nobhill08We ended the day with a picnic on the hill at Lafayette Park overlooking the bay, with the city spread all around us below and the trees above. At the picnic table I sat next to a sketcher from Russia who’s a scientist living in the city now and doing cancer research. . .and sketching! If I ever get to Russia I’m going to contact their UsK group and sketch with them! Sometimes it feels like we’re a little United Nations of sketchers. Do you think maybe if the Sunnis and Shiites sketched together there would be more peace in the Middle East? What about democrats and republicans here?

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While the urban sketchers (and family members) tackled the landscape of trees and bay and distant hills (they never seem to tire!) I sketched the sketchers and then it got dark and we headed home.

Beauty

This Monday each time I looked up from my painting to check on the Muse Group students, they were working intently and without pause on their paintings. No one had questions. There seemed to be a host of silent advisors in the room (the ones we call Muses) directing the activity. In the lesson we were using opaque passages to sculpt and design shapes on transparent under paintings. Rivers of inks and fluid acrylics were flowing onto the pages. Next day I rescued the paper towels from the trash and made a corsage.

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I would like to wear this or make it wall sized. Spray it with shellac to preserve it. Make tiny ones to put on pins or hair clips. Design sheets and mugs and T-shirts. And I will probably do none of these, but go back to my delectable acrylic paints for more stunning combinations, which seem endless!

We’ve been enjoying the poetry of John O’Donahue to inspire our own understanding of Beauty. If you want to partake of his insights you might enjoy his interview on the podcast On Being.

This week we contemplated color. In his book Beauty: The Invisible Embrace O’Donahue wrote “Color is always reaching toward us. The eye is the secret destination of color. A color is never alone for each color arises through the interplay of other colors. Color is always a dance with invisible partners.”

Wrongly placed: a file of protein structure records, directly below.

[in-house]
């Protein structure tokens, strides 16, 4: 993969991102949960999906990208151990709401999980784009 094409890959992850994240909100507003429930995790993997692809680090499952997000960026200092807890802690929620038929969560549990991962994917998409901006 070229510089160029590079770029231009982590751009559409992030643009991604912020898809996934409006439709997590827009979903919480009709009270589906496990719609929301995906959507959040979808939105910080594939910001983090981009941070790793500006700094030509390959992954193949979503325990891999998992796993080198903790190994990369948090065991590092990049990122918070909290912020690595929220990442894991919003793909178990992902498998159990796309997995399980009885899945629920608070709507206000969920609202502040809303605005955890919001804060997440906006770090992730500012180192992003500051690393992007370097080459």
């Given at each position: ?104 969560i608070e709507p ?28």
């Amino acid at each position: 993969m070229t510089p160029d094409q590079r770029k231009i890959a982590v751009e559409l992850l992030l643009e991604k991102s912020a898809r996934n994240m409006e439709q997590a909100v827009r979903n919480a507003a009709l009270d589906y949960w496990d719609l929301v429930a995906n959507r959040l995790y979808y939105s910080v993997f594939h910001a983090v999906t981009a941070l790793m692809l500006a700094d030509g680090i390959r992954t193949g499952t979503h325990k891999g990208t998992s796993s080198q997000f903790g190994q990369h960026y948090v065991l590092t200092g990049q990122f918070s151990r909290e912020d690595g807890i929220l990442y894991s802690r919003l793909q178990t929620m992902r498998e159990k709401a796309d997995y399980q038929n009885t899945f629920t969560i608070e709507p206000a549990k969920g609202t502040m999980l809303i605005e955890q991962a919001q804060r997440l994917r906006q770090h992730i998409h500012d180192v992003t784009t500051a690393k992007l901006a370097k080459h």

The interplay of complementary colors is just such a dance. Once you know that its the red that makes a green landscape vibrate with green-ness you are gaining access to the secret kingdom of color.

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(class demo using semi-opaque green passages glazed over a red background)

Some Beauty is sharp and cutting, pricking into areas long hidden, letting the air out of bubbles, lurking and then jabbing and hiding again behind blooms and pretty smiles, this floral guise designed to lure and then strike at that which needs cutting down.

Its all in the plan, this poke that teaches even as it hurts, then swabs the wound with its beguiling beauty.

Apple Press and Petaluma Sketching

If you live in Sebastopol there’s still time to bring your apples over to the free apple press and enjoy the nectarian pleasure of your own fresh apple juice. The volunteer crew will help you out and even clean the press after you and all with enthusiastic smiles. I guess I was too busy with art and such this season to bring my own apple harvest in, so instead I harvested some sketches last Saturday morning.

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The sponsor of this is the Slow Food Russian River group. For those of you who don’t know, the term Slow Food refers to “an alternative to fast food and strives to preserve traditional and regional cuisine and encourages farming of plants, seeds, and livestock characteristic of the local ecosystem.” Slow however is not how I would refer to the folks doing the apple press procedure. So my pen was moving pretty fast!

And then I got totally distracted by a little girl who was washing apples and then feeding them into the press. When she came over to check out my paints I couldn’t resist loading up a brushload and handing it to her. She knew what to do with it of course. Here’s Adeline’s version of the activity.

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Then last week we were checking out the scene for the upcoming Watercolor Simplified for the Sketcher workshop in Petaluma on October 14. We were delighted to find the most appealing spots for sketching, not to mention eating, easy parking etc. So I’m quite looking forward to offering this workshop. For instance there’s the Great Petaluma Mill and the backdrop of those, are they grain shoots?

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and the cutest bistros, bakeries etc to go for the lunch sketch which is always assigned.